Scientific & Technology Advisory Board
Brian Athey, Ph.D. - Chairman of the Scientific Advisory Board
Brian Athey, Ph.D. is Professor and Chair of the Department of Computational Medicine and Bioinformatics at the University of Michigan Medical School. Dr. Athey also serves as Biomedical Informatics Director of Michigan's Clinical and Translational Science Award (CTSA), Associate Director of the Michigan Institute for Clinical and Health Research (MICHR), and is the founding Principal Investigator of the NIH National Center for Integrative Biomedical Informatics (NCIBI). In addition to his groundbreaking work in Computational Medicine and Bioinformatics, Dr. Athey led the National Library of Medicine (NLM) Next-Generation Internet (NGI) Visible Human Project and the Defense Advanced Research Projects Agency's (DARPA) Virtual Soldier Project. Dr. Athey has over 100 peer-reviewed scientific publications and proceedings, ranging from computational biology to optical imaging and grid computing. He received his Ph.D. in Cellular and Molecular Biology from the University of Michigan.
Ralph S. Quatrano, Ph.D.
Ralph Quatrano, Ph.D., Dean of Engineering & Applied Science, is the Spencer T. Olin Professor and immediate past dean of the faculty of Arts & Sciences. Internationally known for his plant science work, Dr. Quatrano was one of the earliest investigators to apply the tools of molecular biology to the study of plant gene expression. He is widely recognized for his significant contributions in the field of plant science. Dr. Quatrano has had over 160 research papers published and has given invited seminars at institutions worldwide. He was editor-in-chief of The Plant Cell, the premier journal of plant biology; president of the American Society of Plant Biologists; a member of the Advisory Committee for Biological Sciences; Directorate for the National Science Foundation; on the Scientific Advisory Board of the Rockefeller Foundation International Program on Rice Biotechnology; and on the Board of Reviewing Editors for Science. He is a fellow of AAAS (American Association for the Advancement of Science), a fellow and board member of the Academy of Science of St. Louis, and an inaugural fellow of the American Society of Plant Biologists. Dr. Quatrano received his B.A. in plant biology with honors from Colgate University; a M.A. in plant biology from Ohio University; and his Ph.D. in biology from Yale University.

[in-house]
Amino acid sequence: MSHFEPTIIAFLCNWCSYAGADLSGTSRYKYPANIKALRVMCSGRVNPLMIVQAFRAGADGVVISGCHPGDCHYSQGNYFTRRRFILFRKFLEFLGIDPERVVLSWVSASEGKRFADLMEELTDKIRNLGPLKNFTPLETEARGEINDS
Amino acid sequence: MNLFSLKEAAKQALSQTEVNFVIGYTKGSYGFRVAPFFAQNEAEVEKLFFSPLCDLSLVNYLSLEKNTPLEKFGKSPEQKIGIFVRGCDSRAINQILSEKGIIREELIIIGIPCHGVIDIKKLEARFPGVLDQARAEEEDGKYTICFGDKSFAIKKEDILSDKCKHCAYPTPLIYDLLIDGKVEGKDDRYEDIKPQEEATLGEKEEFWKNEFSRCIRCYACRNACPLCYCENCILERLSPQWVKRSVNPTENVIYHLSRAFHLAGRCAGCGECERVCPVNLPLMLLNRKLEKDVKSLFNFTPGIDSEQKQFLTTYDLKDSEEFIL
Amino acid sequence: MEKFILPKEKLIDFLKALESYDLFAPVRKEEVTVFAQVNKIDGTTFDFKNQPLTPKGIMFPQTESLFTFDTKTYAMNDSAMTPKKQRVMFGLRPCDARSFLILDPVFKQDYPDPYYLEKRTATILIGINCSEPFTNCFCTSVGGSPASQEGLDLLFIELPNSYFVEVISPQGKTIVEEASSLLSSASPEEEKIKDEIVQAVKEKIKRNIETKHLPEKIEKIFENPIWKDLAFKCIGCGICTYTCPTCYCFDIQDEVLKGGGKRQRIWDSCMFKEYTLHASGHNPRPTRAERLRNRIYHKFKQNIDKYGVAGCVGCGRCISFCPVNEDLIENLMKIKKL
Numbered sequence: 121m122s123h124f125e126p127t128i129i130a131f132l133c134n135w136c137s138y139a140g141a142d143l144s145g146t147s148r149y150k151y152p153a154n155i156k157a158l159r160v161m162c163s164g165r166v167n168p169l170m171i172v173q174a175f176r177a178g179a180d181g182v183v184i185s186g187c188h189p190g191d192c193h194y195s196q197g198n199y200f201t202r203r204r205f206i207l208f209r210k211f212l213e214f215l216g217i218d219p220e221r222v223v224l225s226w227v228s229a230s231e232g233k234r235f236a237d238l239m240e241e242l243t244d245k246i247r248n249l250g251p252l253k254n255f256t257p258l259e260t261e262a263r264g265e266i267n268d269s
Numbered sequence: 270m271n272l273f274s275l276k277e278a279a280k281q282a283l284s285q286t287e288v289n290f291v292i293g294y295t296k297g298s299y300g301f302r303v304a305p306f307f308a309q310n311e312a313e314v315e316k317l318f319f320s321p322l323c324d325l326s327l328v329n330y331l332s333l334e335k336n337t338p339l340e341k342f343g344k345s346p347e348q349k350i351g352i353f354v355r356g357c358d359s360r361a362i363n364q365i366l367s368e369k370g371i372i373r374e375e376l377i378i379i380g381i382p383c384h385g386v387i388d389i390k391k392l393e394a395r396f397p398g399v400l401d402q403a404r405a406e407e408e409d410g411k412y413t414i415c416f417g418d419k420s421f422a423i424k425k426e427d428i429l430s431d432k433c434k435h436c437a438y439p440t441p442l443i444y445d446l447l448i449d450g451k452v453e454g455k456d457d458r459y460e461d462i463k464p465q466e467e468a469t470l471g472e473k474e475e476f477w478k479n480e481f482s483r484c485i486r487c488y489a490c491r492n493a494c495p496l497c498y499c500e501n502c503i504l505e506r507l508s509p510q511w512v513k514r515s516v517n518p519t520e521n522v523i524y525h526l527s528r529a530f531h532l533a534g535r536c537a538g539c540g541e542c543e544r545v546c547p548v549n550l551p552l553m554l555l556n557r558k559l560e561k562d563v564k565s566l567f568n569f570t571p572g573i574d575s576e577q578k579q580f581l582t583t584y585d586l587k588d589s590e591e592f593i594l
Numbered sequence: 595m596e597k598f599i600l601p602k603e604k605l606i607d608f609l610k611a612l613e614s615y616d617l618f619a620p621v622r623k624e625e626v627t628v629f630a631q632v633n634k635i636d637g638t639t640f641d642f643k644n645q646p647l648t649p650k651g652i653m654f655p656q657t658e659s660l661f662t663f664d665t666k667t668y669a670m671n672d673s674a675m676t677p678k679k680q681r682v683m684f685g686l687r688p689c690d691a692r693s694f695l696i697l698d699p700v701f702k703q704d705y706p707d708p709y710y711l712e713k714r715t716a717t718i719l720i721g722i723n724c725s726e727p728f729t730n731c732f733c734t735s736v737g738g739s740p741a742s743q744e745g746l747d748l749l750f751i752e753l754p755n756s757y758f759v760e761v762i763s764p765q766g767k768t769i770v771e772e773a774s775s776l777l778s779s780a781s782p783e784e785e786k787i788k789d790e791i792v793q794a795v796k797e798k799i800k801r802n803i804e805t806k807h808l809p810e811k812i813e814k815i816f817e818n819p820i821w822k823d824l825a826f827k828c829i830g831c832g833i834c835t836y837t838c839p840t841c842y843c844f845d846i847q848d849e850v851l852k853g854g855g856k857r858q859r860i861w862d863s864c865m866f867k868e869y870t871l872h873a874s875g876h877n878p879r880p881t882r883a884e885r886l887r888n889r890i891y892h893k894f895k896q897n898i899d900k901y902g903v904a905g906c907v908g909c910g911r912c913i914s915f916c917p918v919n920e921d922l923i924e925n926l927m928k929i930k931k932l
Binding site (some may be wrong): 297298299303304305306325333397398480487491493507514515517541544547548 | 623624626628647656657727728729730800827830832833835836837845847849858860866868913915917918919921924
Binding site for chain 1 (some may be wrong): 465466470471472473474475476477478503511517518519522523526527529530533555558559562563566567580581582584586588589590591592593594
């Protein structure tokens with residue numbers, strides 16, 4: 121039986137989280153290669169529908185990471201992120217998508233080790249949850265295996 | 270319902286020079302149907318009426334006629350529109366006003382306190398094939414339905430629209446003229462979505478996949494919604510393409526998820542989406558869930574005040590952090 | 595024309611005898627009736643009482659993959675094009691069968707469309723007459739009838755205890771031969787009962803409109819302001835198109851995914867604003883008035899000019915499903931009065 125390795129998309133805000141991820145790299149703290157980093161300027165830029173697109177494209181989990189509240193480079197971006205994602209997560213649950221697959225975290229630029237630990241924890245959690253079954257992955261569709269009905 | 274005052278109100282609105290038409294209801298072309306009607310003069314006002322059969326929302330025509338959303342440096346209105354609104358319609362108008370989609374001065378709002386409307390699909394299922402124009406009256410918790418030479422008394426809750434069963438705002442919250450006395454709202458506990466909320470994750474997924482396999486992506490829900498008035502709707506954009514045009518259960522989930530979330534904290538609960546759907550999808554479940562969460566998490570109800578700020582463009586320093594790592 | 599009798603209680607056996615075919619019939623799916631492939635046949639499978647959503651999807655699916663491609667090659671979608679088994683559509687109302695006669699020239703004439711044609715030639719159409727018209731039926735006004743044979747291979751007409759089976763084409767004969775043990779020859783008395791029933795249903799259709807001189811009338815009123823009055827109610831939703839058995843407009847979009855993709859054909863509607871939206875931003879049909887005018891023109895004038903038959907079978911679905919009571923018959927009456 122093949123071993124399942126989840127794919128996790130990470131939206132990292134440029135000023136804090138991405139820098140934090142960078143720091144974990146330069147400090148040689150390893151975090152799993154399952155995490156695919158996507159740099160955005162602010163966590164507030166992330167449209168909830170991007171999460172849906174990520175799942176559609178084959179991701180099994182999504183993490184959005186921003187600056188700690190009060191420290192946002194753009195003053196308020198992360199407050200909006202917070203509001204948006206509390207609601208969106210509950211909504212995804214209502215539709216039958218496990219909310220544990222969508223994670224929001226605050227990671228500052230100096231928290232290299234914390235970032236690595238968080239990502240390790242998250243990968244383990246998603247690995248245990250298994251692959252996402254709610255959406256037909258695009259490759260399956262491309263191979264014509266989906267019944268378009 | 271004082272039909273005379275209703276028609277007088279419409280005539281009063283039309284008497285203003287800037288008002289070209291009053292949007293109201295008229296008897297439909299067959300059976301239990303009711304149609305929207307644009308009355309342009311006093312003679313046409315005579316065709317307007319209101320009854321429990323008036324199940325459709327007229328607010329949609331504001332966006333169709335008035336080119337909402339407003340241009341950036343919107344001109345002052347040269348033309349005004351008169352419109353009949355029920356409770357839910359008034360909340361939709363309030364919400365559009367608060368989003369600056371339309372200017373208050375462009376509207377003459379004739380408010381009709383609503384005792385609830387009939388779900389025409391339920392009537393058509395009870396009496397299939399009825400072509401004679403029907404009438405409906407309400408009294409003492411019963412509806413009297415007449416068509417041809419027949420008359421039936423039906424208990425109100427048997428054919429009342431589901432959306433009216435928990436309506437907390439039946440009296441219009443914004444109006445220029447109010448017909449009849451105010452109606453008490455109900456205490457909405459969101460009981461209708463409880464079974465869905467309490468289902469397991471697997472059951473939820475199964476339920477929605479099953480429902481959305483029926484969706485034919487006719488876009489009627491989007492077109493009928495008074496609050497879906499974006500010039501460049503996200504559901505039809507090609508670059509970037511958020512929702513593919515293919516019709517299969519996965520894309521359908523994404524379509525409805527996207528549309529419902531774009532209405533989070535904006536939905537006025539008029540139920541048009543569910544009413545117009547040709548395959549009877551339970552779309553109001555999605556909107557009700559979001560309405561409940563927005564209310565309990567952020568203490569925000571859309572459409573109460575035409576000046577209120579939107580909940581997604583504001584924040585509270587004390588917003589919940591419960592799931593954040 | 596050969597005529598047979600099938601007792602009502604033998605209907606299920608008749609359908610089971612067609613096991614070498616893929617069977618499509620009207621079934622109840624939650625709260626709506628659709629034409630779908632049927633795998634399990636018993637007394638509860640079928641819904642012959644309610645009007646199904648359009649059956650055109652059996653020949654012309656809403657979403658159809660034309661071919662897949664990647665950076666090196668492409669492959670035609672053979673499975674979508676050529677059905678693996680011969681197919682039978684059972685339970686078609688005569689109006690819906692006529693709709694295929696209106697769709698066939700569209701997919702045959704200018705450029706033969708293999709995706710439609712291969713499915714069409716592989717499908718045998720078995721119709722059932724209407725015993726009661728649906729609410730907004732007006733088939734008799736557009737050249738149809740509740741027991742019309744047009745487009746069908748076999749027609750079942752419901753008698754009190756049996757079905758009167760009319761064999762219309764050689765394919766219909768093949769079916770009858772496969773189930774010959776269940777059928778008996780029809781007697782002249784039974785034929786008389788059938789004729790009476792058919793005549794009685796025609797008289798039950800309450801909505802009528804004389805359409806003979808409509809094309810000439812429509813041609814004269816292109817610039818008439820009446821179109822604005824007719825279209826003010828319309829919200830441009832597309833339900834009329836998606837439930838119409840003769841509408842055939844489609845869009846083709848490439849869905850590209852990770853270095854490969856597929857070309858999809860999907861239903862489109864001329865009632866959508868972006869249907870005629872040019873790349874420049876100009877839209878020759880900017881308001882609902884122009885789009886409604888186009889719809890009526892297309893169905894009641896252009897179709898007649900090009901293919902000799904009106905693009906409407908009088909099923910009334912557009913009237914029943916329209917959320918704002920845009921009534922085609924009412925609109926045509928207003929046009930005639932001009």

Joel H. Saltz, MD, Ph.D.
Joel Saltz, MD, Ph.D. is a computer and medical scientist with extensive experience in academia and research. Currently, Joel serves as the Director of the Center for Comprehensive Informatics and Professor and Chair of Biomedical Informatics at Emory University. In addition, he holds appointments as Professor in the Departments of Pathology, Biostatistics and Bioinformatics, and Mathematics and Computer Science at Emory, as well as the position of Adjunct Professor of Computational Science and Engineering at Georgia Institute of Technology. His expertise and devotion to bioinformatics research is also expressed through his responsibilites as an endowed Georgia Research Alliance Eminent Scholar in biomedical informatics and a Georgia Cancer Coalition Distinguished Cancer Scholar.
Dr. Saltz has also held numerous faculty positions at such prestigious institutions as Yale University, the University of Maryland College Park, Johns Hopkins University and The Ohio State University. At Ohio State, he served as the founding Department Chair of Biomedical Informatics. Dr. Saltz received BS and MS degrees in Mathematics and Physics from the University of Michigan and his MD/PhD in Computer Science from Duke University. He completed his residency in Clinical Pathology at Johns Hopkins and is a board certified Clinical Pathologist.
Bob Flores is the Founder, President, and CEO of Applicology Incorporated, an independent consulting firm specializing in information technology and cyber security issues. Prior to starting Applicology, Mr. Flores spent 31 years at the CIA and held various positions in the Directorate of Intelligence, Directorate of Support, and the National Clandestine Service. Toward the end of his career at the CIA, he spent three years as the CIA's Chief Technology Officer where he was responsible for ensuring that the Agency's technology investments matched the needs of its mission. During this time, Mr. Flores was also the Agency's representative on several government-wide information sharing committees and councils.